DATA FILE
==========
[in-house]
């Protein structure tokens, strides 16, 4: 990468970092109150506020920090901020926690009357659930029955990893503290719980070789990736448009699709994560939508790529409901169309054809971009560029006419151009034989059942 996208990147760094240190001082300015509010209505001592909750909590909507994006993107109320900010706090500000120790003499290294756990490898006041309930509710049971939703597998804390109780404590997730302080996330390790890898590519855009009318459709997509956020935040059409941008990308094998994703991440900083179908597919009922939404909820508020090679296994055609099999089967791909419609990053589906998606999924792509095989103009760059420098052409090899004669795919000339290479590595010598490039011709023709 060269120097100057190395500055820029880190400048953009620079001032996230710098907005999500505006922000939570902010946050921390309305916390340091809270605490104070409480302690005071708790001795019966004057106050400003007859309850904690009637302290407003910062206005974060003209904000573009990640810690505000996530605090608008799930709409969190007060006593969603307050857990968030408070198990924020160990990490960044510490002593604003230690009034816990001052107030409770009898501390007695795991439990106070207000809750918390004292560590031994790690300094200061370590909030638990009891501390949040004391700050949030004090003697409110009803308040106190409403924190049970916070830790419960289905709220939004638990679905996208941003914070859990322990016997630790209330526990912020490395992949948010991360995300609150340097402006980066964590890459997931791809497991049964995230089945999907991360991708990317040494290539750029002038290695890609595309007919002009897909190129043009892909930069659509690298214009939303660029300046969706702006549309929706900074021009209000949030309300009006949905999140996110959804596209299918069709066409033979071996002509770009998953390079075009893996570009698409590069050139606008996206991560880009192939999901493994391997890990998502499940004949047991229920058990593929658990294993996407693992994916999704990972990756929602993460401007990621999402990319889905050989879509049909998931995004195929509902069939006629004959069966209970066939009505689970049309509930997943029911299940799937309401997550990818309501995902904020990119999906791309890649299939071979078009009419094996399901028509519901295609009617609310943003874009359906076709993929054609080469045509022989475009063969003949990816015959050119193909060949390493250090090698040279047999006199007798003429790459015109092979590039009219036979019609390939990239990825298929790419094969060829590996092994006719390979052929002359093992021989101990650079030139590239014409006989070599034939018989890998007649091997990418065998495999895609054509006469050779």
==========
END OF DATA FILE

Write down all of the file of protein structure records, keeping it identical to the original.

[in-house]
């Protein structure tokens, strides 16, 4: 990468970092109150506020920090901020926690009357659930029955990893503290719980070789990736448009699709994560939508790529409901169309054809971009560029006419151009034989059942 996208990147760094240190001082300015509010209505001592909750909590909507994006993107109320900010706090500000120790003499290294756990490898006041309930509710049971939703597998804390109780404590997730302080996330390790890898590519855009009318459709997509956020935040059409941008990308094998994703991440900083179908597919009922939404909820508020090679296994055609099999089967791909419609990053589906998606999924792509095989103009760059420098052409090899004669795919000339290479590595010598490039011709023709 060269120097100057190395500055820029880190400048953009620079001032996230710098907005999500505006922000939570902010946050921390309305916390340091809270605490104070409480302690005071708790001795019966004057106050400003007859309850904690009637302290407003910062206005974060003209904000573009990640810690505000996530605090608008799930709409969190007060006593969603307050857990968030408070198990924020160990990490960044510490002593604003230690009034816990001052107030409770009898501390007695795991439990106070207000809750918390004292560590031994790690300094200061370590909030638990009891501390949040004391700050949030004090003697409110009803308040106190409403924190049970916070830790419960289905709220939004638990679905996208941003914070859990322990016997630790209330526990912020490395992949948010991360995300609150340097402006980066964590890459997931791809497991049964995230089945999907991360991708990317040494290539750029002038290695890609595309007919002009897909190129043009892909930069659509690298214009939303660029300046969706702006549309929706900074021009209000949030309300009006949905999140996110959804596209299918069709066409033979071996002509770009998953390079075009893996570009698409590069050139606008996206991560880009192939999901493994391997890990998502499940004949047991229920058990593929658990294993996407693992994916999704990972990756929602993460401007990621999402990319889905050989879509049909998931995004195929509902069939006629004959069966209970066939009505689970049309509930997943029911299940799937309401997550990818309501995902904020990119999906791309890649299939071979078009009419094996399901028509519901295609009617609310943003874009359906076709993929054609080469045509022989475009063969003949990816015959050119193909060949390493250090090698040279047999006199007798003429790459015109092979590039009219036979019609390939990239990825298929790419094969060829590996092994006719390979052929002359093992021989101990650079030139590239014409006989070599034939018989890998007649091997990418065998495999895609054509006469050779």